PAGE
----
It should be noted that when the aircraft rolls inverted in a pure aileron roll (no other control surfaces other than the ailerons are used), the aircraft will drop in altitude. This is due to the fact that when inverted (at a 0 angle of attack), the aircraft’s wings do not generate enough lift to counteract the force of gravity. An experienced pilot will use his rudder and elevator to coordinate the roll so as to maintain his altitude and vector.



The Loop is another basic componant of ACM. However, note that rarely should it implemented in full form during an actual combat situation. Occasionally, one will find himself in a continuous loop chasing an enemy pilot, or trying to escape an opponant who’s E is too low to follow through. In other occasions, it will be used to maintain a position while rondezvousing with friendlies, or to look for possible threats on one’s distant six.

Avoid intentionally initiating or entering a continuous loop when engaging enemy aircraft. The menouver will innevitable drain your E, and put you in a poor energy situation should more enemy aircraft enter the area. Simply be aware of what the loop is, and the fact that when broken down further, it’s parts form the backbown of vertically oriented ACM.


Split – S

The Split – S is a means of changing direction rapidly, efficiently, with a significant increase in velocity due to a trade in altitude for speed. The pilot simply inverts the aircraft, and pulls back on the stick. When the nose once again meets the horizon, the pilot levels out, and continues on to his new destination. Use caution, however, when flying at low altitudes. It is all too easy to lose one’s sense of altitude in a dogfight, and auger while trying to trade what little altitude one has for more speed.


Break Turn

The Break Turn is a flat, hard turn to the left or right, intended to spoil an opponant’s firing solution. The pilot aileron rolls to either direction, and then pulls hard on the stick in an attempt to change his vector (direction of travel) as quickly as possible. However, this is a short term solution at best.

ALWAYS break into the direction from which the attack is coming


Immelmann Turn (Half Loop)

The Immelmann Turn (sometimes referred to as the Half Loop) is essentially an energy efficient means of changing direction, trading speed for altitude.

  1. Pull into a short, vertical climb
  2. Aileron roll until the top of the aircraft is oriented towards the direction you want to go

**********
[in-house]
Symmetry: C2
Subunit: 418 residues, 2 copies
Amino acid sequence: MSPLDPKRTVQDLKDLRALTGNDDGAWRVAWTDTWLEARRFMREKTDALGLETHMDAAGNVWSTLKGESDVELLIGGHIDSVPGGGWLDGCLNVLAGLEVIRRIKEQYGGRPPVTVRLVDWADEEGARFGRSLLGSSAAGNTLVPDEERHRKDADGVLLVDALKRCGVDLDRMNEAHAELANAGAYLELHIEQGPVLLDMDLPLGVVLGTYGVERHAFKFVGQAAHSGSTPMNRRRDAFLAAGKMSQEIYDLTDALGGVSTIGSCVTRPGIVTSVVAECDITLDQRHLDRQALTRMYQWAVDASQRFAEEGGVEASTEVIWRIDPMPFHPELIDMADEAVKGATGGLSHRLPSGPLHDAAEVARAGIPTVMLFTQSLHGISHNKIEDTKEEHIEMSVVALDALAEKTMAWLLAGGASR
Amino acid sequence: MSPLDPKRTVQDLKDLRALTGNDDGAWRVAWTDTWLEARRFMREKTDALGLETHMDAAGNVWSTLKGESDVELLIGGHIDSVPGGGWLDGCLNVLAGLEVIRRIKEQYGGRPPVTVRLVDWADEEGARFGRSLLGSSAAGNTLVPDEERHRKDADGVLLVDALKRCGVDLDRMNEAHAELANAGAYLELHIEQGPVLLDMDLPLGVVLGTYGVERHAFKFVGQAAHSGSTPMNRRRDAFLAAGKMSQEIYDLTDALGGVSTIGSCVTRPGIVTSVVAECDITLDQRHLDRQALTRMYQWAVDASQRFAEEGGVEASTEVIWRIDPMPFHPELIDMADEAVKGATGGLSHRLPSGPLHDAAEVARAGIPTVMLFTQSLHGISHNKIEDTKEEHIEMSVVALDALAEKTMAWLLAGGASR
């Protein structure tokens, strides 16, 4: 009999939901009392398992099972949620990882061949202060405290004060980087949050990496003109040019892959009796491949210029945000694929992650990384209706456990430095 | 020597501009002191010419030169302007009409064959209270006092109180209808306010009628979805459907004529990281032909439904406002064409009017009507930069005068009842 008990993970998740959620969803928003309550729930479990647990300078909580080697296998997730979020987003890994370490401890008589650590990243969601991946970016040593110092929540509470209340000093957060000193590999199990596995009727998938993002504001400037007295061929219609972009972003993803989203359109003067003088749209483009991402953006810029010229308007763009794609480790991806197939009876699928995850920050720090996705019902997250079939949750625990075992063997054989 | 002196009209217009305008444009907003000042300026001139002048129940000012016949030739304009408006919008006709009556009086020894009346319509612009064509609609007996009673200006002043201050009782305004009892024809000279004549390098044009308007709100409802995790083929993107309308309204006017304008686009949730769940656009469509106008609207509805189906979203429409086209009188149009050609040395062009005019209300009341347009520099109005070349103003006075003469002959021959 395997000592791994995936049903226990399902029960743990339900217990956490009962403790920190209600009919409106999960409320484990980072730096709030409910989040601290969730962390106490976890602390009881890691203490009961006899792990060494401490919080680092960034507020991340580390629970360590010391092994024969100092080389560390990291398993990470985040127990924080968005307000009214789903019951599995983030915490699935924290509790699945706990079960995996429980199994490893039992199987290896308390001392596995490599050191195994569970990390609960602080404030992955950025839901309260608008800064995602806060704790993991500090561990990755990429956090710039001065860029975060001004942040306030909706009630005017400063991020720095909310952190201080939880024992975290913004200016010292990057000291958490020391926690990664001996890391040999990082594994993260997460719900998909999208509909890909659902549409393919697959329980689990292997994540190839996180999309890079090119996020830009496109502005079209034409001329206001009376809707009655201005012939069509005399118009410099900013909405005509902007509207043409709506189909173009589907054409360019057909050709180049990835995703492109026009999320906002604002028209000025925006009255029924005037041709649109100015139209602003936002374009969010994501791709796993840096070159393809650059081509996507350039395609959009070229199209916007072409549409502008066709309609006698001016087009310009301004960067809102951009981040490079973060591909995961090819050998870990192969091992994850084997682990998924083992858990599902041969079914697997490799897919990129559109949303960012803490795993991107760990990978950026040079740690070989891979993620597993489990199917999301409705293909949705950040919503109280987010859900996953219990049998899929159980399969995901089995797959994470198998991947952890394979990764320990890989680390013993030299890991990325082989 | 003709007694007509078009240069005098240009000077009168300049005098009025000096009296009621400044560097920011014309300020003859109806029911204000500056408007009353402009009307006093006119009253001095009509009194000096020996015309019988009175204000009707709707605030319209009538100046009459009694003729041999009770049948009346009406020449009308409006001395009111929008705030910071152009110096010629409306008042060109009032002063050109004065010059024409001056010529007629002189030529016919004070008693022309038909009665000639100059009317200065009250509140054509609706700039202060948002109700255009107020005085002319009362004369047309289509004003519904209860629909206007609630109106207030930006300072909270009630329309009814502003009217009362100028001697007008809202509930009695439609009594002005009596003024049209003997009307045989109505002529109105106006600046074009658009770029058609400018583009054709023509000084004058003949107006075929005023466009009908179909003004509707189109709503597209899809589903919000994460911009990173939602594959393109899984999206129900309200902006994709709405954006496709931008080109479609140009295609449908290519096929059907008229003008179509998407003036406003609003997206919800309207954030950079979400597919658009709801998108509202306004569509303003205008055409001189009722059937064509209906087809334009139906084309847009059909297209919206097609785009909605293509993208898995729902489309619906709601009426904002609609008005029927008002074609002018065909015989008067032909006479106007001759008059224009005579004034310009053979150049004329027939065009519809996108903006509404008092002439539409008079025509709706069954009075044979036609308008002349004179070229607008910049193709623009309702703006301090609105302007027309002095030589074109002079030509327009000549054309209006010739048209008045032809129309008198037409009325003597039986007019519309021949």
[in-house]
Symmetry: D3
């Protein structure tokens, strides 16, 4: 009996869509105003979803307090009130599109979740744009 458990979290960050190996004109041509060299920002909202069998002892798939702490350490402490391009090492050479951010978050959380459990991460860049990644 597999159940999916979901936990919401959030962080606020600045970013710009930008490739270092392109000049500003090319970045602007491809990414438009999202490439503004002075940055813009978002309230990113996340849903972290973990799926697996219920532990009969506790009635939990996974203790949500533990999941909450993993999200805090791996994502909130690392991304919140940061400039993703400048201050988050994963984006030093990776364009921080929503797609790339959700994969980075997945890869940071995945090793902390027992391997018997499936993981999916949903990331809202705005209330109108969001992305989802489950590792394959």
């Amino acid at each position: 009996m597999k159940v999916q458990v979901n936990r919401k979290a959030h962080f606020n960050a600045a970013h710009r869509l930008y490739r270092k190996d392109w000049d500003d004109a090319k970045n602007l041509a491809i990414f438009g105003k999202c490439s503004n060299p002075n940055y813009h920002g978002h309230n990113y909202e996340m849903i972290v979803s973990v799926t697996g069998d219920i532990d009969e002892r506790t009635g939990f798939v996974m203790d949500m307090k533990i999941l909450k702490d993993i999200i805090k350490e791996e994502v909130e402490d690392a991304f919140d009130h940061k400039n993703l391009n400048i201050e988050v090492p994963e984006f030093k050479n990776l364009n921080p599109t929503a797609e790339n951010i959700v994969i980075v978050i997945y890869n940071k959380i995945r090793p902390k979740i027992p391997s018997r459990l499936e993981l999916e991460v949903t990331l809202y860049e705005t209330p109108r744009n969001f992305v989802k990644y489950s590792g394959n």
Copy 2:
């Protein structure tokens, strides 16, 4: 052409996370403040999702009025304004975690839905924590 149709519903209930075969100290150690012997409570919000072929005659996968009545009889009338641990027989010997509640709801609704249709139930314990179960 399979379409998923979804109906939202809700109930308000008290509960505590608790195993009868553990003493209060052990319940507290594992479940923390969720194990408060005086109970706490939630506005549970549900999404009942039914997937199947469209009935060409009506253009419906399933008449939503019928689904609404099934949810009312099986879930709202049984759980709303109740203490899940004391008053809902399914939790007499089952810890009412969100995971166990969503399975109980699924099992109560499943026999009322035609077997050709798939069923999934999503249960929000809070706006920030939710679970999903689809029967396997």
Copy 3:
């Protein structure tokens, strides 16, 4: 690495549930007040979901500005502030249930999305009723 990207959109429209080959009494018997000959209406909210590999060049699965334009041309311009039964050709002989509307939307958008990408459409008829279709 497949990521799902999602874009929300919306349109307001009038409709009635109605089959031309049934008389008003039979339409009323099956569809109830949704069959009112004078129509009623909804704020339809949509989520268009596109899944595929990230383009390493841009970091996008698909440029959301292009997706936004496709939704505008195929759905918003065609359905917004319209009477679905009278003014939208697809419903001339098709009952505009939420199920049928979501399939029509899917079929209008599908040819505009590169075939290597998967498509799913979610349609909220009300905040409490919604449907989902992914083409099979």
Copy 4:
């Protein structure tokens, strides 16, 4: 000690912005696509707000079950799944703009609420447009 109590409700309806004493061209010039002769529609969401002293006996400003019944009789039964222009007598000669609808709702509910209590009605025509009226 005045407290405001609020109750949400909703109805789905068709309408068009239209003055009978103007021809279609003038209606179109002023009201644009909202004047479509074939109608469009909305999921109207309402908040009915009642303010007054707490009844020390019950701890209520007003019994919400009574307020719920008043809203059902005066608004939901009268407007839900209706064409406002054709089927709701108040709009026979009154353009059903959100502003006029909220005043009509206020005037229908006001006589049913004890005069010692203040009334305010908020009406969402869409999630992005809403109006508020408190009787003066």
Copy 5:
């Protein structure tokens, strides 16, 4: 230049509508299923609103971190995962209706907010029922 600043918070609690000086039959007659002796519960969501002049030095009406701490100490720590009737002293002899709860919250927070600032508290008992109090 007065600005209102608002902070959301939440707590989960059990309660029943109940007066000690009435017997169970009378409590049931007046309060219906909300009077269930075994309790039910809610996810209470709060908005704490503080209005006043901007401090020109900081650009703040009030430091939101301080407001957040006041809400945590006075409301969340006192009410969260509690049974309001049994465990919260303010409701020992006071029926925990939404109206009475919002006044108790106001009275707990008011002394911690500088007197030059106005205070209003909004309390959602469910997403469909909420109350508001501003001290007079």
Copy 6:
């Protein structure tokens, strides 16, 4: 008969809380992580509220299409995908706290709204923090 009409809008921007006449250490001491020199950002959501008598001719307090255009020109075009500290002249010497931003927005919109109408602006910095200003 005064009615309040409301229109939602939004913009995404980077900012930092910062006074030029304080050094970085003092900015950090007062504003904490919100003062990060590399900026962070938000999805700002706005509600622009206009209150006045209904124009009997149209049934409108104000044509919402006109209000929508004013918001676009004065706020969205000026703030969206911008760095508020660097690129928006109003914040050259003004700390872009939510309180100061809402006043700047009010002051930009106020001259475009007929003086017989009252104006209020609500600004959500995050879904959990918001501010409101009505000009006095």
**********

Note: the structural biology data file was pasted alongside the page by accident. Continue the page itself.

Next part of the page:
3. Pull back on the stick until the aircraft is inverted, and heading in that direction.
  4. Aileron roll until the aircraft is rightside up again.

Though this menouver is energy efficient, it CAN present your aircraft as an easy target. Use it with care, and in situations where you are not in immediate danger of attack.




(1) Flight Leader Responsibilities:

  1. Communicate with Gruppe Leader, Forward Air Controllers, your Wingman, etc.
  2. Keep yourself and your wingman alive and get into position to kill the enemy.
  3. In most situations, the Flight Leader will be the shooter when engaging the enemy.

(2) Flight Leader’s Wingman Responsibilities:

  1. Follow the Flight Leader.
  2. Your job is primarily defensive. Keep your Flight Leader’s tail clear. Avoid the desire to break formation and engage enemy aircraft. That’s not your job. Let the Flight leader focus on killing.
  3. Stay off the radio unless you have a 6 call, a bandit sighting, a technical problem, answering queries from the Flight Leader, or something else that is important to the combat situation.


(1) Flight Leader Responsibilities:

  1. Communicate with Gruppe Leader, your Wingman, and your Rotte 2 Leader.
  2. Keep your Schwarm alive and get into position to kill the enemy.
  3. Give your Rotte 2 Leader directions. Normally the Rotte 2 Leader should stay with you. In some situations you may want his Element to cover you while you attack.
  4. If you ask your Rotte 2 Leader to cover your attack, and your attack fails and you end up on the defensive, drag the enemy toward the Rotte 2 Leader and ask him to attack.

(2) Flight Leader’s Wingman Responsibilities:

  1. Follow the Flight Leader. If the Flight Leader dies, follow the Rotte 2 Leader. If the Rotte 2 Leader dies, then you become Section Leader.
  2. Your job is primarily defensive. Keep your Flight Leader’s tail clear. Let the Flight leader focus on killing.
  3. Stay off the radio unless you have a 6 call, a bandit sighting, a technical problem, or something else that is important to the combat situation.

(3) Rotte 2 Leader Responsibilities:

  1. Follow the Flight Leader. If the Flight Leader dies, you become Flight Leader.
  2. Keep your Wingman alive and get into a position to kill the enemy.
  3. Communicate with the Flight Leader and your Wingman.
  4. If the Flight Leader asks you to cover him while attacking, stay near him but above to protect him from any attacking Bandits. Do not attack the Flight Leader’s target unless he asks for assistance. In that case go in and save his xxxx!

(4) Rotte 2 Leader’s Wingman Responsibilities:

  1. Follow the Rotte 2 Leader. If the Rotte 2 Leader dies, follow the Flight Leader. If the Flight Leader then dies, follow the Flight Leader’s Wingman. If the Flight Leader’s Wingman dies, you are in some deep xxxx, and should probably go home. :)
  2. Your job is primarily defensive. Keep your leader’s tail clear. Let the leader focus on killing.
  3. Stay off the radio unless you have a 6 call, a bandit sighting, a technical problem, or something else that is important to the combat situation.

Those are the basics of the Shwärm. Due to the “Fog of War,” it is not always possible to stay together in combat. Remember to use common sense. If you have a bandit on your 6 firing, you should worry about evading his fire rather than staying with your leader. However you had better warn your leader about that bandit! If you become separated, climb towards friendly territory and try to regroup.